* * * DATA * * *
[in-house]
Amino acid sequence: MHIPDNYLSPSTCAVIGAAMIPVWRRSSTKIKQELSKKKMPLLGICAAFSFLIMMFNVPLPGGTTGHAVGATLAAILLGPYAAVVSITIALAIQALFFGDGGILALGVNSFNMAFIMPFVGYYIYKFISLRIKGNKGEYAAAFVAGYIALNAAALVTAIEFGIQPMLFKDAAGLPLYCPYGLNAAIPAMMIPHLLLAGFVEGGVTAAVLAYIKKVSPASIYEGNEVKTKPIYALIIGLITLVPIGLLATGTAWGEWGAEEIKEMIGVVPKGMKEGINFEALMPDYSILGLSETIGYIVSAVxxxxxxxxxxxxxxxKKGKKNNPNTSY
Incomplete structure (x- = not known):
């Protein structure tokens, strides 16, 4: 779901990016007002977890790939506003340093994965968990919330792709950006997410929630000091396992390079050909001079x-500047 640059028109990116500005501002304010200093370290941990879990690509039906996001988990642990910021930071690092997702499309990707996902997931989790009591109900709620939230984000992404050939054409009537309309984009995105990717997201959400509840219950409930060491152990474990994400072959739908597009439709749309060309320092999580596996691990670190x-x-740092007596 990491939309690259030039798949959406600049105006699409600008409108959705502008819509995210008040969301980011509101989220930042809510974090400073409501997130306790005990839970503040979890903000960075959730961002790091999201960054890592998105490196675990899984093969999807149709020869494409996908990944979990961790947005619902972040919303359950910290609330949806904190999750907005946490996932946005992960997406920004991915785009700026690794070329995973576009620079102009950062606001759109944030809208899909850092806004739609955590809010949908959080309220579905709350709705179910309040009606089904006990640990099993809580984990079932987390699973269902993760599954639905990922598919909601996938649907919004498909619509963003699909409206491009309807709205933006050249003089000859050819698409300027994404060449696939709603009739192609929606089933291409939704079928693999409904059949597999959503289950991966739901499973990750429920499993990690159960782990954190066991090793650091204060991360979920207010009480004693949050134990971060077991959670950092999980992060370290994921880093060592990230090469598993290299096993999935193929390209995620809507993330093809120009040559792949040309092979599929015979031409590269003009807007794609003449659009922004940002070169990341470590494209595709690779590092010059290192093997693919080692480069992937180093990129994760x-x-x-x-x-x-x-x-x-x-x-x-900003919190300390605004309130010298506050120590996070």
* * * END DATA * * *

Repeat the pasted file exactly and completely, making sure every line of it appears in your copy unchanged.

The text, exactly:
[in-house]
Amino acid sequence: MHIPDNYLSPSTCAVIGAAMIPVWRRSSTKIKQELSKKKMPLLGICAAFSFLIMMFNVPLPGGTTGHAVGATLAAILLGPYAAVVSITIALAIQALFFGDGGILALGVNSFNMAFIMPFVGYYIYKFISLRIKGNKGEYAAAFVAGYIALNAAALVTAIEFGIQPMLFKDAAGLPLYCPYGLNAAIPAMMIPHLLLAGFVEGGVTAAVLAYIKKVSPASIYEGNEVKTKPIYALIIGLITLVPIGLLATGTAWGEWGAEEIKEMIGVVPKGMKEGINFEALMPDYSILGLSETIGYIVSAVxxxxxxxxxxxxxxxKKGKKNNPNTSY
Incomplete structure (x- = not known):
């Protein structure tokens, strides 16, 4: 779901990016007002977890790939506003340093994965968990919330792709950006997410929630000091396992390079050909001079x-500047 640059028109990116500005501002304010200093370290941990879990690509039906996001988990642990910021930071690092997702499309990707996902997931989790009591109900709620939230984000992404050939054409009537309309984009995105990717997201959400509840219950409930060491152990474990994400072959739908597009439709749309060309320092999580596996691990670190x-x-740092007596 990491939309690259030039798949959406600049105006699409600008409108959705502008819509995210008040969301980011509101989220930042809510974090400073409501997130306790005990839970503040979890903000960075959730961002790091999201960054890592998105490196675990899984093969999807149709020869494409996908990944979990961790947005619902972040919303359950910290609330949806904190999750907005946490996932946005992960997406920004991915785009700026690794070329995973576009620079102009950062606001759109944030809208899909850092806004739609955590809010949908959080309220579905709350709705179910309040009606089904006990640990099993809580984990079932987390699973269902993760599954639905990922598919909601996938649907919004498909619509963003699909409206491009309807709205933006050249003089000859050819698409300027994404060449696939709603009739192609929606089933291409939704079928693999409904059949597999959503289950991966739901499973990750429920499993990690159960782990954190066991090793650091204060991360979920207010009480004693949050134990971060077991959670950092999980992060370290994921880093060592990230090469598993290299096993999935193929390209995620809507993330093809120009040559792949040309092979599929015979031409590269003009807007794609003449659009922004940002070169990341470590494209595709690779590092010059290192093997693919080692480069992937180093990129994760x-x-x-x-x-x-x-x-x-x-x-x-900003919190300390605004309130010298506050120590996070």